Danganronpa, Zero Escape, and Ace Attorney: Visual Novels as an Evolution of Point-and-Click Adventures

Video game genres are numerous and multi-faceted. There are a staggering number of them, and so many of them share characteristics and can be mixed and matched to make truly unique experiences. Recently, I watched a video by Barry Kramer of Game Grumps explaining, as a smaller part of the video (which you should totally watch anyways), how video games are different from other forms of media because there is an advanced vocabulary used to categorize them. Gamers can understand a bit about a game without even playing it or researching it simply by knowing a few terms like “platformer” or “roguelike.”

In the last year, I’ve spent a good amount of time being enthralled in visual novels. I always enjoyed a great story in a game, and puzzle games are some of my favorite games to play, so it seemed only natural to be drawn in. However, as I played more and more, I begin to see a lot of similarities with a genre I was not as fond of: adventure games. I became curious as to why I enjoyed one type of game over the other, but it soon became clear that visual novels are simply the adventure games of a new generation.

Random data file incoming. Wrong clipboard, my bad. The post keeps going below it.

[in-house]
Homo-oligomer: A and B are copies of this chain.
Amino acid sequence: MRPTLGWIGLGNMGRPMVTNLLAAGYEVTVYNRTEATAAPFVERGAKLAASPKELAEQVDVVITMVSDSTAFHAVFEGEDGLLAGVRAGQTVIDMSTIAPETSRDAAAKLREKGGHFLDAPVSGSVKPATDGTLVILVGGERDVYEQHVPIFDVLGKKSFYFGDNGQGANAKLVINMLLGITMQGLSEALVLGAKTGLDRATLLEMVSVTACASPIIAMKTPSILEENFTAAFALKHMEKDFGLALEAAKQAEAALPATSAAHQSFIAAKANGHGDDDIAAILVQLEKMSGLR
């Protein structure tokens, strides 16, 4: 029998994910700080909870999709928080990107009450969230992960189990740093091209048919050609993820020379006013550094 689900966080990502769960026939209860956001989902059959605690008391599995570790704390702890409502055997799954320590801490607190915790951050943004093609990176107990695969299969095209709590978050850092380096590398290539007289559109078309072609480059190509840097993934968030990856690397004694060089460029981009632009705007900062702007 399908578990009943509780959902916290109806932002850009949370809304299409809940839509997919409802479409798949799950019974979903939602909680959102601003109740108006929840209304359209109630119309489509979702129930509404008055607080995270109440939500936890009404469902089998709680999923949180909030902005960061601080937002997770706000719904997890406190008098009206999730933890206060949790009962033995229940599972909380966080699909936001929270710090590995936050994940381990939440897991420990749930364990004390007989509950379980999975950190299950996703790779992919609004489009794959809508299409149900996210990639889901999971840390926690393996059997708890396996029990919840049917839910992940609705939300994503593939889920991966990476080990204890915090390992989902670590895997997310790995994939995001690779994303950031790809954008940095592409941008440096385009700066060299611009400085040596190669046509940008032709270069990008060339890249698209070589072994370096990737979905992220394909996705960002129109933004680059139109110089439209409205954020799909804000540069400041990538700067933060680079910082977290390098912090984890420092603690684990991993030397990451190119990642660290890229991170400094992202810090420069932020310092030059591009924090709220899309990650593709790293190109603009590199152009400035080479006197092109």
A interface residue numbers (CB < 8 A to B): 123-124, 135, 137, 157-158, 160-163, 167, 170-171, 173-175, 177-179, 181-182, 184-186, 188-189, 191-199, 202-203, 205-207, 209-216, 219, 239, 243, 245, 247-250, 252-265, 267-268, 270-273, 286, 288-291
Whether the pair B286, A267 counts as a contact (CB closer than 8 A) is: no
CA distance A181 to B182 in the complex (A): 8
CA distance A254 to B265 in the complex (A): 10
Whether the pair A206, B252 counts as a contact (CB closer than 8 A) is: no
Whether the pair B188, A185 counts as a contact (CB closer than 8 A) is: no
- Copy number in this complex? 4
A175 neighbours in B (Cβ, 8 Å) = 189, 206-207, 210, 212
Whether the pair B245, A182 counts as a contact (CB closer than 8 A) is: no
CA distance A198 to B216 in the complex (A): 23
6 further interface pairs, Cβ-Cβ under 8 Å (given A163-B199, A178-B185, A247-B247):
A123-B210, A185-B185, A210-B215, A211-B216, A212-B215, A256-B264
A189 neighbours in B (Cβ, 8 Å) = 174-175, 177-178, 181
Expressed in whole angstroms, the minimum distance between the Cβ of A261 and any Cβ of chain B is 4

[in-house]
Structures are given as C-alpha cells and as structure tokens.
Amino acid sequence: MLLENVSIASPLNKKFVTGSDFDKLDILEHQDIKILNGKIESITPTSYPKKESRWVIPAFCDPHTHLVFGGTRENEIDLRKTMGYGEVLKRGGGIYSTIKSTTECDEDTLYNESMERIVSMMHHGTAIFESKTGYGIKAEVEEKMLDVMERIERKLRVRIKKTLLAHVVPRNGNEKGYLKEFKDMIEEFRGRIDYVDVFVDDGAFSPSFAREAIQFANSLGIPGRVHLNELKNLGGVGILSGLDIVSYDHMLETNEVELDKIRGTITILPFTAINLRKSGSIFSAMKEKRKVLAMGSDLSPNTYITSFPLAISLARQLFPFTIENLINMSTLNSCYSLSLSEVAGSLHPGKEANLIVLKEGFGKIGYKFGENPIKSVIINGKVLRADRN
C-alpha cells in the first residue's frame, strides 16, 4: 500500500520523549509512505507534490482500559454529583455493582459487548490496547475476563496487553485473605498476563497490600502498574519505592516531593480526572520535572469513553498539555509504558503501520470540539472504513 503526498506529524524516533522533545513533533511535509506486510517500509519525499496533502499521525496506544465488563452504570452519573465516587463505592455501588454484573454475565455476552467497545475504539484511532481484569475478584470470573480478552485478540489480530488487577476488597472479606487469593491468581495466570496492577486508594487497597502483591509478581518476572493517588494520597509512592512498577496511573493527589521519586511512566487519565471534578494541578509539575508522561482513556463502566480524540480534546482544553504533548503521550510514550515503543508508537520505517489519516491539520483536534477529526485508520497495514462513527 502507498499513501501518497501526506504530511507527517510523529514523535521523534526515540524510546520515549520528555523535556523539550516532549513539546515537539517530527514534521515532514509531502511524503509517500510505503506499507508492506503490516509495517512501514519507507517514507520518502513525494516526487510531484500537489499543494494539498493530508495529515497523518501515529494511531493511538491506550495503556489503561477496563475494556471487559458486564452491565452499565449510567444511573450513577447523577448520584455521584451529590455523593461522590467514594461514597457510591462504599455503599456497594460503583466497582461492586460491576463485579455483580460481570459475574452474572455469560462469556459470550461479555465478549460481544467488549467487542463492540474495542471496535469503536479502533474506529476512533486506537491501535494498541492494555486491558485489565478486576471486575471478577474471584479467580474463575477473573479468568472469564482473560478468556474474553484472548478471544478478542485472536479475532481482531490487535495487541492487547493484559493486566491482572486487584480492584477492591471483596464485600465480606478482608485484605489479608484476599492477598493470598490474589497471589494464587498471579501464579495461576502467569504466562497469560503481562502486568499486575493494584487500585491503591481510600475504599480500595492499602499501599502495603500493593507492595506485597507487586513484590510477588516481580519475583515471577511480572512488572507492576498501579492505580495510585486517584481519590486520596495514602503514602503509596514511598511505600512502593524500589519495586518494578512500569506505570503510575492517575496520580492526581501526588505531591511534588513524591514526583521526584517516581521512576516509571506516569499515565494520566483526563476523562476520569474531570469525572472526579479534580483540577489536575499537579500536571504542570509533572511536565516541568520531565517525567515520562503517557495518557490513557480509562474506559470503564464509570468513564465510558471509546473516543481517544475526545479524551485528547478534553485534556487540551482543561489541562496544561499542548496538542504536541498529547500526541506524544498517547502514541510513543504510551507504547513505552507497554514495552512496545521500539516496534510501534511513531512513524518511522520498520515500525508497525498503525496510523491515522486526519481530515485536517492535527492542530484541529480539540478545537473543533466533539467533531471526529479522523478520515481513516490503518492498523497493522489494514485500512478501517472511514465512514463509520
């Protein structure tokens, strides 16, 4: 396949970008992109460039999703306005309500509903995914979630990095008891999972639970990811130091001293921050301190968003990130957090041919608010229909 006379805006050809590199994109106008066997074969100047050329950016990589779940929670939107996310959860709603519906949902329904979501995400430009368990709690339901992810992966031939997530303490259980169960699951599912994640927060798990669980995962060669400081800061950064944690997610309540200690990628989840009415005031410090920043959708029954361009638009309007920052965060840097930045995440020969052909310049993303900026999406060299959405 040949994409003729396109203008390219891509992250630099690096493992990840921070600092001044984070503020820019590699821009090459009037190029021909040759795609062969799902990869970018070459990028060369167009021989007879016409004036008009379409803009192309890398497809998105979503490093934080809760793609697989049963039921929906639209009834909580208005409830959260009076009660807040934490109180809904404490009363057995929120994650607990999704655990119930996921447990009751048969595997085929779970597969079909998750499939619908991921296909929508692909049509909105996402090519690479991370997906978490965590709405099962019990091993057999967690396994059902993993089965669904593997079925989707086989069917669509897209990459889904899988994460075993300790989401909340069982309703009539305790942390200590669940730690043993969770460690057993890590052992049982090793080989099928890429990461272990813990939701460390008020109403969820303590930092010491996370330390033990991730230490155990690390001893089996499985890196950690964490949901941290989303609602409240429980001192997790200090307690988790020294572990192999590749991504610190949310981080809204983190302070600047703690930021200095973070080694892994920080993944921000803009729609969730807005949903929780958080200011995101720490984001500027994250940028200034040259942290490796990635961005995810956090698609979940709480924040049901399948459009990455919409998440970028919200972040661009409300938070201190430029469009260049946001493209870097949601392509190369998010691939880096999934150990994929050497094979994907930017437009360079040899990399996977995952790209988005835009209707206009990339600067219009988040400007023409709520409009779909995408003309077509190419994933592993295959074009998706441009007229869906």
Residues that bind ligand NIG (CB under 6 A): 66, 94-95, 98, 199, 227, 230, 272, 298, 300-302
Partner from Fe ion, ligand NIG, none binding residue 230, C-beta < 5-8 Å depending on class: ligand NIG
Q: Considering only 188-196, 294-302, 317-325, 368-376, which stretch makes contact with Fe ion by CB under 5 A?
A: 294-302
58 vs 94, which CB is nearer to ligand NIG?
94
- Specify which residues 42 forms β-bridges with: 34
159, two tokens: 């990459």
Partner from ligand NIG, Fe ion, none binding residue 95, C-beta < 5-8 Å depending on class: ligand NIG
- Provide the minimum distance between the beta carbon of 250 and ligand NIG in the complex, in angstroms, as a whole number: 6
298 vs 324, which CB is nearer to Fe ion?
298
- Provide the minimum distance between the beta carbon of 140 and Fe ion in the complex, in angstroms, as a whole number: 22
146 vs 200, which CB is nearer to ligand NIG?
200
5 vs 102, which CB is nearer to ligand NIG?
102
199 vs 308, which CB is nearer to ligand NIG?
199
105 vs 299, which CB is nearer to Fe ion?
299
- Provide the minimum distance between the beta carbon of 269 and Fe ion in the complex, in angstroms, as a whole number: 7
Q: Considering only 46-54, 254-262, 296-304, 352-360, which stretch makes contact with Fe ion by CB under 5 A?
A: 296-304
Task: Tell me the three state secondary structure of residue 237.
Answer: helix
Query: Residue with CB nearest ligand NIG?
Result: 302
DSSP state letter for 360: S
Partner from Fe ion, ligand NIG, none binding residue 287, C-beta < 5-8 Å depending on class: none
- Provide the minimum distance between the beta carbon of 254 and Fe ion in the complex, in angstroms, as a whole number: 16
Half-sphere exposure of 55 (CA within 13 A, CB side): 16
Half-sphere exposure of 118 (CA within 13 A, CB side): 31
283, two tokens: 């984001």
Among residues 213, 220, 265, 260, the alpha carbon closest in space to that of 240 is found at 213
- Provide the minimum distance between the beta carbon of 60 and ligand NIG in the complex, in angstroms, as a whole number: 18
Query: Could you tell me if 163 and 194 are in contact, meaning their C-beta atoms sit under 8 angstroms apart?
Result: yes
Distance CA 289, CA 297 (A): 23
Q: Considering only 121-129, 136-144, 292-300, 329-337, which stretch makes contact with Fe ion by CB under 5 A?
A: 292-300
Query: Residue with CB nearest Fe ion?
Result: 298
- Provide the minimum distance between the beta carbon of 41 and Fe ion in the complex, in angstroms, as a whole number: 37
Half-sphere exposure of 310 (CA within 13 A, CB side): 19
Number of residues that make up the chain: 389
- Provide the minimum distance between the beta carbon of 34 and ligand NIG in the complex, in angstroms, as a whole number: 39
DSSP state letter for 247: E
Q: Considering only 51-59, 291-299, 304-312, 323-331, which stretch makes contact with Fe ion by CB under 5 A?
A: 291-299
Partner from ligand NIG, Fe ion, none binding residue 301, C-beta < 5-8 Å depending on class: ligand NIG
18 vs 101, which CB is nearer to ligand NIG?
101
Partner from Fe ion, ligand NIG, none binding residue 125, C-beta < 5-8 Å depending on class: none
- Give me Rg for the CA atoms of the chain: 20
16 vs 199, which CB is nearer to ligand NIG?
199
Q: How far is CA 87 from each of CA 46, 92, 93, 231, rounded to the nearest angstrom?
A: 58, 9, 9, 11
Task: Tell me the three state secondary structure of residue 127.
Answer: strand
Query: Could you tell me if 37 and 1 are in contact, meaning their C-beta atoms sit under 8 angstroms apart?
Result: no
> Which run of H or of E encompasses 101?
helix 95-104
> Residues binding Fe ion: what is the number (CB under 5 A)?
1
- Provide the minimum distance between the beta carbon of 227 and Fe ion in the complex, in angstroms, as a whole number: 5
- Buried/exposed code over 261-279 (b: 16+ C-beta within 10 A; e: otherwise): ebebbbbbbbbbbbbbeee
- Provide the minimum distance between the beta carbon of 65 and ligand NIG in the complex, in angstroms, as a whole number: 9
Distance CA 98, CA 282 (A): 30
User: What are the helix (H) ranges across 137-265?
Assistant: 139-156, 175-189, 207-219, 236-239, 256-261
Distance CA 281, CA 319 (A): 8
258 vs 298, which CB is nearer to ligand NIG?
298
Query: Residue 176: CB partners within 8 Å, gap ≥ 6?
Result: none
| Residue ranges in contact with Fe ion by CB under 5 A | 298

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Why To Market The Nintendo Switch as a Handheld

Let me preface this entire piece by saying I pre-ordered a Switch already. Through every disappointment I had with that presentation, I knew that eventually I was going to get that console for some game or another, and that I’d rather have The Legend of Zelda: Breath of the Wild in its premium form. I am completely sold on the Switch as a concept, and I think Nintendo’s innovation has finally reached a key make-or-break turning point that they’ve been approaching in recent years. This piece is meant as a quick analysis of what Nintendo did right and wrong overall, with an actual thesis and discussion of one possible fault.

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